Accused Wall Street scammer Bernard Madoff has settled a large part of the civil case brought against him by the Securities and Exchange Commission, the agency said Monday.

Without admitting or denying any of the allegations against him, Madoff agreed to a permanent injunction prohibiting him from disposing of any assets in connection with the SEC lawsuit over the alleged $50 billion Ponzi scheme, officials said in a statement.

Consent degrees and permanent injunctions are common in settling SEC lawsuits, but the action involving Madoff, which still has to be approved by a Manhattan federal judge, doesn't resolve the criminal case against him.

The amount Madoff will have to pay in penalties and disgorgement of alleged proceeds of illegality are to be determined later, the SEC said.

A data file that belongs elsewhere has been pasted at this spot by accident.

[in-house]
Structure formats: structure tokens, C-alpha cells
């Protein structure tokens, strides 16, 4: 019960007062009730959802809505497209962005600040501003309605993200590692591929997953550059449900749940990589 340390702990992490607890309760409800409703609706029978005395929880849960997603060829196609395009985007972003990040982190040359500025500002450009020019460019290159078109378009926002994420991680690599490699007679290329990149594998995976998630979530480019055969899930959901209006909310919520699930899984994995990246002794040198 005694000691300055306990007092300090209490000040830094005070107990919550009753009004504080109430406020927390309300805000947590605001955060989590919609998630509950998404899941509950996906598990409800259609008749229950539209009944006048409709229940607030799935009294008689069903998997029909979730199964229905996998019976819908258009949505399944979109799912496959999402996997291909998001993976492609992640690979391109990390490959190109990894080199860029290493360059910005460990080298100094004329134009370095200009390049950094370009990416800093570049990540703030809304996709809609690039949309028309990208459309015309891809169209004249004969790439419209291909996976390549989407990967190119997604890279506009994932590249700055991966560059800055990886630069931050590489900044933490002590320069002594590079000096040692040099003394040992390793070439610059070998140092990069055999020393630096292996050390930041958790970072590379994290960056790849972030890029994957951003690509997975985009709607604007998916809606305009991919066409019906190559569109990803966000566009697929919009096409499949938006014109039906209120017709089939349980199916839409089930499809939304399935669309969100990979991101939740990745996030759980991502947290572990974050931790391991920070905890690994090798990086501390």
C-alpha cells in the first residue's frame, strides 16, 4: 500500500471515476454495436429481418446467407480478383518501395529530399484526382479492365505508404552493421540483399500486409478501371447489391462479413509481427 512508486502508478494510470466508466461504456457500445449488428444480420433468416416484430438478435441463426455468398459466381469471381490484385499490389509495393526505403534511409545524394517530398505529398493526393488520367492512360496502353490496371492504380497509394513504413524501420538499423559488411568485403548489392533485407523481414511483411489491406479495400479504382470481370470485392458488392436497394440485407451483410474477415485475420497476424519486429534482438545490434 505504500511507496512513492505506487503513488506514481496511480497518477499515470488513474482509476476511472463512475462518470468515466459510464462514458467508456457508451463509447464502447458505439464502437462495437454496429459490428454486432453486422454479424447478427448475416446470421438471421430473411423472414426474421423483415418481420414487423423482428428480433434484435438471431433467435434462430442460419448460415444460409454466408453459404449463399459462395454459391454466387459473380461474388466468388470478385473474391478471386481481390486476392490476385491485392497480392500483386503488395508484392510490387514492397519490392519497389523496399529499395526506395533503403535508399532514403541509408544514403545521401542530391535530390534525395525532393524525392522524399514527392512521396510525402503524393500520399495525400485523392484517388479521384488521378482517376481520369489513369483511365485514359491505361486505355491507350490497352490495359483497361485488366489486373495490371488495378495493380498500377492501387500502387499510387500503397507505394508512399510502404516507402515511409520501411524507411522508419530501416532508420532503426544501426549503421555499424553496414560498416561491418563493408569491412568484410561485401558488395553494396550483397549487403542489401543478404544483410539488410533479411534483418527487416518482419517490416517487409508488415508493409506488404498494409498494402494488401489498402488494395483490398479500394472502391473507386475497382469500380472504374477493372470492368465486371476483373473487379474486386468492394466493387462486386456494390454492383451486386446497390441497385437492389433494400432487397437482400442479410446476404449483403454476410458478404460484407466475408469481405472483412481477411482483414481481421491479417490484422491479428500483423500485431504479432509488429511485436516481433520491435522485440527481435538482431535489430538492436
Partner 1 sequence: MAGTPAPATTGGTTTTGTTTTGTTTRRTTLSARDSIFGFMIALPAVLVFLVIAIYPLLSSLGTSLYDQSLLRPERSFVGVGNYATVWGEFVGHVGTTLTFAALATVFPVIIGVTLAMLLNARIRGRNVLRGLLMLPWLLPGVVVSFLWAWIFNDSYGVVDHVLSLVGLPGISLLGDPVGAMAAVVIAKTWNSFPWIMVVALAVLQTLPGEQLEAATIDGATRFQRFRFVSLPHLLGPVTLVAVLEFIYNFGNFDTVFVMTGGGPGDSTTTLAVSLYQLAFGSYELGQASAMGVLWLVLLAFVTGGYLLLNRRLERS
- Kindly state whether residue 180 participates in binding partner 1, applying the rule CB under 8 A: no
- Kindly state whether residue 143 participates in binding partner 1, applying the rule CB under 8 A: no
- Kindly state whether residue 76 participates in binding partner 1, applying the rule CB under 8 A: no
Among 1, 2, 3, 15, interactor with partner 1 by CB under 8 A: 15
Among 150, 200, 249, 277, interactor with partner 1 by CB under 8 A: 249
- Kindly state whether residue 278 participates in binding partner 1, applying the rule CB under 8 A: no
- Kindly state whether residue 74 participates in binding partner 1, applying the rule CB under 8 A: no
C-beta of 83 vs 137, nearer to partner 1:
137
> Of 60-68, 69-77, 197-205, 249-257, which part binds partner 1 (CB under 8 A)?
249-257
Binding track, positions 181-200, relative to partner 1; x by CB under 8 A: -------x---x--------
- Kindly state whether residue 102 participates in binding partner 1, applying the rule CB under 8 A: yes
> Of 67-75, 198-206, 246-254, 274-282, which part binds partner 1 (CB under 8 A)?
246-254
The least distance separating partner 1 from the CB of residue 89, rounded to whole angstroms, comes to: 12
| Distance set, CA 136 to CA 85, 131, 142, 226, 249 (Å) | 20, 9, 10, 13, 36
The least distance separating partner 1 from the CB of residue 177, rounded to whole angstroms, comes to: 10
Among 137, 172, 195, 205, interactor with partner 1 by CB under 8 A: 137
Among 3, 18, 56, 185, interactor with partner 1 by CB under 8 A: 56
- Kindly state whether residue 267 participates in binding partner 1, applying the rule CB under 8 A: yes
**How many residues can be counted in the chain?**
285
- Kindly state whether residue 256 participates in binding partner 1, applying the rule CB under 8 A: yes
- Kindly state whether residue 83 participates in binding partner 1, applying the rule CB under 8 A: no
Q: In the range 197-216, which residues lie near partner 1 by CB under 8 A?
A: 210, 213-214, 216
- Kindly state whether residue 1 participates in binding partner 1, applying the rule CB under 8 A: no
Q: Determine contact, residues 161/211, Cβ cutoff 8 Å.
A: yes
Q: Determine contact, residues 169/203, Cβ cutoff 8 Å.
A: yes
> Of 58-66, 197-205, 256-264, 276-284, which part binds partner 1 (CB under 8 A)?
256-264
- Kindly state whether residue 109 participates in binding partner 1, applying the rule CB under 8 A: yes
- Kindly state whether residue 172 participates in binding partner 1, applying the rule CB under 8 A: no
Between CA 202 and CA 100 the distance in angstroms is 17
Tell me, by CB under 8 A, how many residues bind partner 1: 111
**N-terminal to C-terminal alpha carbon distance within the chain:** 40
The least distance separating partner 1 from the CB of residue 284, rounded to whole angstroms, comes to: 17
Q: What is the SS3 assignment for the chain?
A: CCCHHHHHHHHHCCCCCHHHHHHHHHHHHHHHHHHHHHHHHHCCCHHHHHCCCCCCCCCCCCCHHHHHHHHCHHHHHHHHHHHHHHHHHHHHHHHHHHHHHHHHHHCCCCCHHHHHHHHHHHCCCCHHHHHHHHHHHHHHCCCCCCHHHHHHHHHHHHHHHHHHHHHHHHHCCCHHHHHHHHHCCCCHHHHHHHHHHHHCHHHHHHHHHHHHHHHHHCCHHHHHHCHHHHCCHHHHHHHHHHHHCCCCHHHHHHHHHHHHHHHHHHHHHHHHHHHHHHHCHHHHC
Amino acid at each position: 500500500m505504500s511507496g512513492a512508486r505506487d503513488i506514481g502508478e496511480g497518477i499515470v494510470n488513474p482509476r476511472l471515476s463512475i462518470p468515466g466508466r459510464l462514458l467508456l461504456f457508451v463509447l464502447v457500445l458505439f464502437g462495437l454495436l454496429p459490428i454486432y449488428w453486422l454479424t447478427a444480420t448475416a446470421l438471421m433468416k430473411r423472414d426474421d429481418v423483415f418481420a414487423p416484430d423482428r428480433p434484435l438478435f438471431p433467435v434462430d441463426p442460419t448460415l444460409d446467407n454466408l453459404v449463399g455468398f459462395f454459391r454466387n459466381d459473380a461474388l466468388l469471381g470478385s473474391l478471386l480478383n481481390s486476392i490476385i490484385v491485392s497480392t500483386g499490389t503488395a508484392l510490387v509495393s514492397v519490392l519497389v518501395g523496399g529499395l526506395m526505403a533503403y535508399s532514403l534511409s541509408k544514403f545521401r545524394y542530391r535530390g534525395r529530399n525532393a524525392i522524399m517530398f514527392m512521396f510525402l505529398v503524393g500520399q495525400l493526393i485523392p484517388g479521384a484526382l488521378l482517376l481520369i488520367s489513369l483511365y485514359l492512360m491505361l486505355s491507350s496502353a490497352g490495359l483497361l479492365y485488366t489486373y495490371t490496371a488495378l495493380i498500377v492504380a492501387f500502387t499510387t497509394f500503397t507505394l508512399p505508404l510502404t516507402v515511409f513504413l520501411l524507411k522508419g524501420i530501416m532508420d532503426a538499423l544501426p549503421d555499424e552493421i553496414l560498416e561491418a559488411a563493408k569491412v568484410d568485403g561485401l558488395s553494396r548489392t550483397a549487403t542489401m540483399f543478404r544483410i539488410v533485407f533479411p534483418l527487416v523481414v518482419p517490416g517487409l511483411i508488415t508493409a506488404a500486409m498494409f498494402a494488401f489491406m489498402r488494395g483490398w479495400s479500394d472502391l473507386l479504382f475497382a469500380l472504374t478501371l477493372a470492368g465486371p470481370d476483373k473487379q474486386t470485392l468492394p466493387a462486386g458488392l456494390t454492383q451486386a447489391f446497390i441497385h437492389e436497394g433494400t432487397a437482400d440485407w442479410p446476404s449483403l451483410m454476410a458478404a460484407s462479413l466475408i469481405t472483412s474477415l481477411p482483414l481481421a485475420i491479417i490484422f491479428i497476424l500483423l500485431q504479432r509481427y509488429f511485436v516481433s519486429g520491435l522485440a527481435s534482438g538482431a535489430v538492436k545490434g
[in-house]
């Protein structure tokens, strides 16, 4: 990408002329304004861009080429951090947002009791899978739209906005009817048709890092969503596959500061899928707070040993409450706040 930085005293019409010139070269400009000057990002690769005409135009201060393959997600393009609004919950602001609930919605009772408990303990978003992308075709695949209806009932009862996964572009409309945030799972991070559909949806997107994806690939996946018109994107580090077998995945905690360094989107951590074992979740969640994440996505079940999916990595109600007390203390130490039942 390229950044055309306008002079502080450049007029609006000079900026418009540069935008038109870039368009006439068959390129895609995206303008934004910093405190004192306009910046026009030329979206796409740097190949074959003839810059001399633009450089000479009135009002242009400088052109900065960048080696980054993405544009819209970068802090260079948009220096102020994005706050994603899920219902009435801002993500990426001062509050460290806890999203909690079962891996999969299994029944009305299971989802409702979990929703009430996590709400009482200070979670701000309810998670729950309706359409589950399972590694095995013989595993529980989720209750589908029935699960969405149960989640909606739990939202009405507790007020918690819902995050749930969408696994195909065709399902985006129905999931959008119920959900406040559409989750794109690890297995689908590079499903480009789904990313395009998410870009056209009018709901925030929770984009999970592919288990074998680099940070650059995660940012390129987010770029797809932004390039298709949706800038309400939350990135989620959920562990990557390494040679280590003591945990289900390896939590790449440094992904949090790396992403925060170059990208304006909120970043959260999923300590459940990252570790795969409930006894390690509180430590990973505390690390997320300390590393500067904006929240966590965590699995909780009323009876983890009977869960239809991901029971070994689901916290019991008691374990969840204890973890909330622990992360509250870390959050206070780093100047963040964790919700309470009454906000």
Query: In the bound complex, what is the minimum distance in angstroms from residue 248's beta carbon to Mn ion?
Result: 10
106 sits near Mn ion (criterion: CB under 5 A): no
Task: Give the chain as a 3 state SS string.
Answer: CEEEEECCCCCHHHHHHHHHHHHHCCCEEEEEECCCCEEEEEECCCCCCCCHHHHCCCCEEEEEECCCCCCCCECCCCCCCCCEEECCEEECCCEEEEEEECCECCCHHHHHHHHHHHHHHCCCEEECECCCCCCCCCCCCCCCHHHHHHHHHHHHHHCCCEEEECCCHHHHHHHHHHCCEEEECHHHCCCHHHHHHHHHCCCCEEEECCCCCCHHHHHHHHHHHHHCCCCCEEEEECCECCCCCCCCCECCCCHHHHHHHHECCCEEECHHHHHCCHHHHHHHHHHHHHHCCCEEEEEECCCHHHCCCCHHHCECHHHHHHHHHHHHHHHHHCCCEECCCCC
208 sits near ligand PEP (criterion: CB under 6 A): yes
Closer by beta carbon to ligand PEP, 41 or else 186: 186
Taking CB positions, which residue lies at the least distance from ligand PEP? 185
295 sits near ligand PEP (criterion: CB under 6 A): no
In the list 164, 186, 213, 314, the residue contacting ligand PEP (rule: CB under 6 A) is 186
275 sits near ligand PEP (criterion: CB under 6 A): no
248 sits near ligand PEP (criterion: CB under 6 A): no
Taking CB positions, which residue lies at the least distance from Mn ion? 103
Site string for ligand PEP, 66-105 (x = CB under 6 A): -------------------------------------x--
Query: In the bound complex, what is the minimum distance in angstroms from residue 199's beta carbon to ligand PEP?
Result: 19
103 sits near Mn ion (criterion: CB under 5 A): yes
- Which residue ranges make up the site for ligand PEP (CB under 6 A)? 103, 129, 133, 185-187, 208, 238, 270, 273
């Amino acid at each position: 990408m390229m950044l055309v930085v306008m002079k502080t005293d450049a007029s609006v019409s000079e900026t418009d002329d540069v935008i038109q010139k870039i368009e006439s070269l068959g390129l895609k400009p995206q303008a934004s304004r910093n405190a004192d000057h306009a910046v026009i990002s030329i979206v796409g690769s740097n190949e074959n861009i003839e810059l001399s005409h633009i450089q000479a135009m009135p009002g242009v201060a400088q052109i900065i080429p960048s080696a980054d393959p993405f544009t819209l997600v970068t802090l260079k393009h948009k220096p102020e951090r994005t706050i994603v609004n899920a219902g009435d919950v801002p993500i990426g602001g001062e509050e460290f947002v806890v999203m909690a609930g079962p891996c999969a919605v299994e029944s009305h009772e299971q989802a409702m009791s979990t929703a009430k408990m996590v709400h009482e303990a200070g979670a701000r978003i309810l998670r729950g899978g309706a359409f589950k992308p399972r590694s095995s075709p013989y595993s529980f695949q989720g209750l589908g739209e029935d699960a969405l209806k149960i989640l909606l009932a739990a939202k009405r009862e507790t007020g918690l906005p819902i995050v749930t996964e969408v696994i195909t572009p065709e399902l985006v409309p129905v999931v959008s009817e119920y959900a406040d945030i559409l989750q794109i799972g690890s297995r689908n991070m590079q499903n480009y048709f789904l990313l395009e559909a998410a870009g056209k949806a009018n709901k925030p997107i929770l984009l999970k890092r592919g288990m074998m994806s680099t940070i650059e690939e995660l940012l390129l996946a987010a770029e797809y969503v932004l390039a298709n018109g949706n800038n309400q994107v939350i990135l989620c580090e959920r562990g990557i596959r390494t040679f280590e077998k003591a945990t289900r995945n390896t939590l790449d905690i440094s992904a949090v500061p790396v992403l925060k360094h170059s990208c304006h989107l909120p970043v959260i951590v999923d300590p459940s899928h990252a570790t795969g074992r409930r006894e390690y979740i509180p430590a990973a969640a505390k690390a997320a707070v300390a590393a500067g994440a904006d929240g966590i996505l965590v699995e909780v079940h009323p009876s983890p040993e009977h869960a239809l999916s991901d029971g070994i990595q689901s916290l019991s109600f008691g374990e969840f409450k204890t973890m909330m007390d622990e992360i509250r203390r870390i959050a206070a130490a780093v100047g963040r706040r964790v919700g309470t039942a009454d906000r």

"It is a step in the right direction in that it shows some progress being made," said Christopher Bebel, a former SEC attorney who is in private practice in Houston.

But Bebel said the new document wasn't that significant because there is no way Madoff could pay back the customers to any significant degree.

"He does not have the capacity to do so and the SEC is well aware of this," Bebel said.

Ira Sorkin, Madoff's defense attorney, couldn't be immediately reached for comment.

Madoff is currently under house arrest at his $7 million Upper East Side apartment on a $10 million bond.

The federal criminal case is slated to be in court Wednesday.